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How I used pgvector and PostgreSQL® to find pictures of me at a party

Python Libraries & Tooling
South Hall 2B
14:35 on 12 July 2024
30 minutes


Nowadays, if you attend an event you’re bound to end up with a catalogue of photographs to look at. Formal events are likely to have a professional photographer, and modern smartphones mean that it’s easy to make a photographic record of just about any gathering. It can be fun to look through the pictures, to find yourself or your friends and family, but it can also be tedious.

At our company get-together earlier in the year, the photographers did indeed take a lot of pictures. Afterwards the best of them were put up on our internal network - and like many people, I combed through them looking for those in which I appeared (yes, for vanity, but also with some amusement).

In this talk, I’ll explain how to automate finding the photographs I’m in (or at least, mostly so). I’ll walk through Python code that extracts faces using OpenCV, calculates vector embeddings using imgbeddings and OpenAI, and stores them in PostgreSQL® using pgvector. Given all of that, I can then make an SQL query to find which pictures I’m in.

Python is a good fit for data pipelines like this, as it has good bindings to machine learning packages, and excellent support for talking to PostgreSQL.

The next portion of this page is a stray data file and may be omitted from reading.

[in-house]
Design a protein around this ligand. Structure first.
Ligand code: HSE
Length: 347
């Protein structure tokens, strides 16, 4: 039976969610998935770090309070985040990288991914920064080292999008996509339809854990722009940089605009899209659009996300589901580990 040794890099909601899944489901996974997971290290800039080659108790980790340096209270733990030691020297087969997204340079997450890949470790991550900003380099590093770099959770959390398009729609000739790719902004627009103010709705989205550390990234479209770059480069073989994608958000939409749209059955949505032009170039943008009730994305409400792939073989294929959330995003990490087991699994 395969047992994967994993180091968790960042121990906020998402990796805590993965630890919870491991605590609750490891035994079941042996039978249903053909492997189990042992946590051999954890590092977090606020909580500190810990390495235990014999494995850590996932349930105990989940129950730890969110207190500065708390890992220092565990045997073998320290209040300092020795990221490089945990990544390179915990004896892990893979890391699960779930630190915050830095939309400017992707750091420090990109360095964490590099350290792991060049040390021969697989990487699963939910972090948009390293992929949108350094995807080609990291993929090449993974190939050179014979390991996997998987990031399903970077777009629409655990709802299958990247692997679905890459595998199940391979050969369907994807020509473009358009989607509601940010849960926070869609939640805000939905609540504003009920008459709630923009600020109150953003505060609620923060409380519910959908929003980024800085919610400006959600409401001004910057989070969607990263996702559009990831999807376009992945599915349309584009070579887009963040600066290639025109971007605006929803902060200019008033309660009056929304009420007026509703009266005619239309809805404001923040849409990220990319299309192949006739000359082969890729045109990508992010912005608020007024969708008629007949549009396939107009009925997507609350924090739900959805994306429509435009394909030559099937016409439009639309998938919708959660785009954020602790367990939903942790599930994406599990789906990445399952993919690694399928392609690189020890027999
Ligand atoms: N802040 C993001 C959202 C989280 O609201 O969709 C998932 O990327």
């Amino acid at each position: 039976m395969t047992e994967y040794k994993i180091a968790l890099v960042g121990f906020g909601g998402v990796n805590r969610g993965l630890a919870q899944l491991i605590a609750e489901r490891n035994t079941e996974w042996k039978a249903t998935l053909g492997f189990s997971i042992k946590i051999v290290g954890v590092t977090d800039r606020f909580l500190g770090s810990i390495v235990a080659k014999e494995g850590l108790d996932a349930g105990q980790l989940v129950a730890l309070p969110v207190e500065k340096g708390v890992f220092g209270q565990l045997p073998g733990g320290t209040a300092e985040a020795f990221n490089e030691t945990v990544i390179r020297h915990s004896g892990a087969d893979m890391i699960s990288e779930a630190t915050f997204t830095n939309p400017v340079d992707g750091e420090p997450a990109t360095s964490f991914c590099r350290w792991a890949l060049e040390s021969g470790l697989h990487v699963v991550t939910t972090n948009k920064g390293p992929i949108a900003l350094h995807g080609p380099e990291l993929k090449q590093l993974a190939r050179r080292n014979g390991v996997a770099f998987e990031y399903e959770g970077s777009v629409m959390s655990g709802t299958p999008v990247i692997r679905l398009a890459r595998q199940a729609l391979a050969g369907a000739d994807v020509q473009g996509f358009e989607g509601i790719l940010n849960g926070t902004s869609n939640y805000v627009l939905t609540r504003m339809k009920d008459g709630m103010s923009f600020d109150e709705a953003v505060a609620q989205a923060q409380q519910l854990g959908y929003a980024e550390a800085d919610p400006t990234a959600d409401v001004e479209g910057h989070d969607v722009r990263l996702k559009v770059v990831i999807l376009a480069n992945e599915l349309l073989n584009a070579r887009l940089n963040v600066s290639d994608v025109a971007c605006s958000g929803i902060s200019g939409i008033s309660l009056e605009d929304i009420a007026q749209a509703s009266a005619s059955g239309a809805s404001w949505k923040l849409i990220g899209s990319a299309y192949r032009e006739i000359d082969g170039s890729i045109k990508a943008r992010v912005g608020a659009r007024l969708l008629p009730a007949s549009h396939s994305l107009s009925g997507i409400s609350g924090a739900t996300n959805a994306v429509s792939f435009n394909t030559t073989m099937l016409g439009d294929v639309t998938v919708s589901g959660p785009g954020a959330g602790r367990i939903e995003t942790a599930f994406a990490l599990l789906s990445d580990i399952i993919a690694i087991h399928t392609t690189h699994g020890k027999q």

You may be wondering why that sequence ends with PostgreSQL (and SQL) rather than something more machine learning specific. I’ll talk about that as well, and in particular about how PostgreSQL allows us to cope when the amount of data gets too large to be handled locally, and how useful it is to be able to relate the similarity calculations to other columns in the database - in our case, perhaps including the image metadata.

The speaker



After being a programmer for a good few years, I changed career in 2022 to become a Developer Educator at Aiven ( My favourite programming language is Python, my favourite markup language is reStructuredText, my favourite storage technologies are SQLite, PostgreSQL and Redis, and I’m rather enthusiastic about Apache Kafka as a messaging system. Find out more about my past at